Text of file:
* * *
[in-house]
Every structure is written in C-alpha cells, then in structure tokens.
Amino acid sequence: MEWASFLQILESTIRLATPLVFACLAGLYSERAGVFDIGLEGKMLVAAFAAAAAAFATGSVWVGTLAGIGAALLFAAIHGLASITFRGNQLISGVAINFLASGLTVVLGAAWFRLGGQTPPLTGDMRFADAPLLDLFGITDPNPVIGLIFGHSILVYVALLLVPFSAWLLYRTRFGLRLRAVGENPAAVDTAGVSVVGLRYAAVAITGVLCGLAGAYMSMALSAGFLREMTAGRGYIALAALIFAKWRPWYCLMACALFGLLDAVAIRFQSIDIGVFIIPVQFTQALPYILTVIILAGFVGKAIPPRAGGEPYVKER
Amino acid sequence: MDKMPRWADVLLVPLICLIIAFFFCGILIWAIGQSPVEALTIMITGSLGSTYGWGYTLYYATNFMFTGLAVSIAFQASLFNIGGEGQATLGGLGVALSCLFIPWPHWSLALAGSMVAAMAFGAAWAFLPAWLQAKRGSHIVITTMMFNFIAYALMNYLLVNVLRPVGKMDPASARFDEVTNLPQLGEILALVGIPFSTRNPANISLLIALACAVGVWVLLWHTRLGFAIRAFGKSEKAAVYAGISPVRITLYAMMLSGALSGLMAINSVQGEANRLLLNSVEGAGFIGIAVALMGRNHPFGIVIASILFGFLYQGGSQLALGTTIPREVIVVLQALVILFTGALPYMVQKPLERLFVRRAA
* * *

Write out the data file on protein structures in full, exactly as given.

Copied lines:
[in-house]
Every structure is written in C-alpha cells, then in structure tokens.
Amino acid sequence: MEWASFLQILESTIRLATPLVFACLAGLYSERAGVFDIGLEGKMLVAAFAAAAAAFATGSVWVGTLAGIGAALLFAAIHGLASITFRGNQLISGVAINFLASGLTVVLGAAWFRLGGQTPPLTGDMRFADAPLLDLFGITDPNPVIGLIFGHSILVYVALLLVPFSAWLLYRTRFGLRLRAVGENPAAVDTAGVSVVGLRYAAVAITGVLCGLAGAYMSMALSAGFLREMTAGRGYIALAALIFAKWRPWYCLMACALFGLLDAVAIRFQSIDIGVFIIPVQFTQALPYILTVIILAGFVGKAIPPRAGGEPYVKER
Amino acid sequence: MDKMPRWADVLLVPLICLIIAFFFCGILIWAIGQSPVEALTIMITGSLGSTYGWGYTLYYATNFMFTGLAVSIAFQASLFNIGGEGQATLGGLGVALSCLFIPWPHWSLALAGSMVAAMAFGAAWAFLPAWLQAKRGSHIVITTMMFNFIAYALMNYLLVNVLRPVGKMDPASARFDEVTNLPQLGEILALVGIPFSTRNPANISLLIALACAVGVWVLLWHTRLGFAIRAFGKSEKAAVYAGISPVRITLYAMMLSGALSGLMAINSVQGEANRLLLNSVEGAGFIGIAVALMGRNHPFGIVIASILFGFLYQGGSQLALGTTIPREVIVVLQALVILFTGALPYMVQKPLERLFVRRAA